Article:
“What does it mean that the Holy Spirit will guide you into all truth?”

The Lord Jesus promised his disciples that when the Spirit of truth came, the Helper from the Father who would convict the world of sin, righteousness and judgment, he would guide them into “all truth”.

Before we look into the meaning of this promise, we need to remember that every member of the Lord’s audience at the discourse that began in the upper room was in a unique and impossible-to-duplicate position.

Sunday, February 18, 2024

Of Feasts, Brides, Servants and Virgins

Western culture separates the wedding ceremony from the wedding celebration, usually by no more than a few hours. Jewish culture in the first century did too, but between the legal contract of marriage [erusin] signed by the husband and the bride’s father and its celebration and consummation [nissuin] lay a considerably longer interval. The marriage supper and its aftermath might take place weeks, months or years after the signing of the contract.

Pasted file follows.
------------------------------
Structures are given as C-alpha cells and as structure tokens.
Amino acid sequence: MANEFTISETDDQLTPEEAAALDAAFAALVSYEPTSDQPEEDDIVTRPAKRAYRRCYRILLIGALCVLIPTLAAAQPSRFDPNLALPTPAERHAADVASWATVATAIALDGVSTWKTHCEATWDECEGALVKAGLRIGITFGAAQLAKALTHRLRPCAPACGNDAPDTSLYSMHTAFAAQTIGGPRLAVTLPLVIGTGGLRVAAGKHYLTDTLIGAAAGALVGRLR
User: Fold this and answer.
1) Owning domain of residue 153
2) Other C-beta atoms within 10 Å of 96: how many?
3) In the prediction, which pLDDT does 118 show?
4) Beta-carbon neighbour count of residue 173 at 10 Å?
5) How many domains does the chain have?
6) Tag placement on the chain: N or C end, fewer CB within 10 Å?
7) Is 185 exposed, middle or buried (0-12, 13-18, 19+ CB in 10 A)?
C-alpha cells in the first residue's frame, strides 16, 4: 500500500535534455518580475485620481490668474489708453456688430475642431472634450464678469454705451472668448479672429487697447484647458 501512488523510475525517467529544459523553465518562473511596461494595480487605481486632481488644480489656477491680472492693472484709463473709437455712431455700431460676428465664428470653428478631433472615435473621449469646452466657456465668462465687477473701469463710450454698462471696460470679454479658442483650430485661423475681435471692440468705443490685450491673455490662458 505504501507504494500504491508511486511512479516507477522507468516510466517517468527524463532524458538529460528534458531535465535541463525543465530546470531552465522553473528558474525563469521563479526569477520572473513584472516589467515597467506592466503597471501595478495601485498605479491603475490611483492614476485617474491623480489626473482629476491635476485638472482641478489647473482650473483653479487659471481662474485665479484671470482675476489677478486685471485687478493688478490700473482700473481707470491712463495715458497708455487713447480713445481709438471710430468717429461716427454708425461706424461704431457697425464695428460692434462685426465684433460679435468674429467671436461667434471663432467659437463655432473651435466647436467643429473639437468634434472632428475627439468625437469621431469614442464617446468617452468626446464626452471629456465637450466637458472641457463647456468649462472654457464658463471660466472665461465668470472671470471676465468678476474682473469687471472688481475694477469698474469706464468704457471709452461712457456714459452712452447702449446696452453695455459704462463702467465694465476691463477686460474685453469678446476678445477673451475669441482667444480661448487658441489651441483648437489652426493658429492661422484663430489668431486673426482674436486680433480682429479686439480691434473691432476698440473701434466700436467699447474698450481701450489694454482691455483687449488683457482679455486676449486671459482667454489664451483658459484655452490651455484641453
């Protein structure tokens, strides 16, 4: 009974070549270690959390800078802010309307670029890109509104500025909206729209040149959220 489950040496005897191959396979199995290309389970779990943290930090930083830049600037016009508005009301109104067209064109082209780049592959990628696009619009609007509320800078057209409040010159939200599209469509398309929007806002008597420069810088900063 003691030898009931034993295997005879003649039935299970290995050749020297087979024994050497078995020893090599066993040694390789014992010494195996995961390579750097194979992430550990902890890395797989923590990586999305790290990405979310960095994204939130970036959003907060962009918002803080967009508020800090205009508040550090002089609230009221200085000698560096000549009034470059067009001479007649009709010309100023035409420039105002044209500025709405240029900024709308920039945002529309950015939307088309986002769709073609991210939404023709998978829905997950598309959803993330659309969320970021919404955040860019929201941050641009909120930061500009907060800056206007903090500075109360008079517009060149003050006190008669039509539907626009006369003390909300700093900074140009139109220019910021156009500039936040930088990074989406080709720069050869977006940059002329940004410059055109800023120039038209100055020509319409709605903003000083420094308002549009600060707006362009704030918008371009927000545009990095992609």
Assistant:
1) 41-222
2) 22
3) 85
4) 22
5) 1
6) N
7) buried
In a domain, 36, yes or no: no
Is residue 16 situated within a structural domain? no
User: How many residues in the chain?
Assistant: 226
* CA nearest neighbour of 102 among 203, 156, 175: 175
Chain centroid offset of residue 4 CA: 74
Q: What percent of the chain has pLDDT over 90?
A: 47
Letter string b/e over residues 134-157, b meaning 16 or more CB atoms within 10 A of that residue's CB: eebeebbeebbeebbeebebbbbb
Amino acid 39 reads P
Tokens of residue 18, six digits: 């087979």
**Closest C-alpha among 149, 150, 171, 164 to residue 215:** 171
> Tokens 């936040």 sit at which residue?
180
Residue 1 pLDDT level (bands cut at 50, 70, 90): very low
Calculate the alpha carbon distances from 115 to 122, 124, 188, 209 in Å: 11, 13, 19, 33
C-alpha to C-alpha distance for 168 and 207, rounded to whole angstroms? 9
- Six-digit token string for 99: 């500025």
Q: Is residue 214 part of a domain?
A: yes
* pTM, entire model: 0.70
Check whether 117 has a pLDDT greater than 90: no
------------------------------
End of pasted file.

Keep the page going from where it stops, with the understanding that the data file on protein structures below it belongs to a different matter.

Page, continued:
It might even be indefinitely postponed, assuming we are reading the relevant instructions in 1 Corinthians correctly.

Saturday, February 17, 2024

Mining the Minors: Zechariah (5)

Several years back, my cantankerous next-door neighbor had her front walk redone with great, imposing slate pavers. I’m not sure they harmonized with the look of her property quite as well as the railroad ties she had in prior years, and I bet they cost a bundle, not least for the prodigious amount of labor involved in what initially looked like a fairly small project. It took three men several days to tear up what was there and replace it.

There was only one problem.

Friday, February 16, 2024

Too Hot to Handle: Speaking Out of Turn

In which our regular writers toss around subjects a little more volatile than usual.

If the quotation in this Breitbart article is even close to accurate, the head of the Roman Catholic church has just thrown one of the most important principles of first century Christian faith under the bus: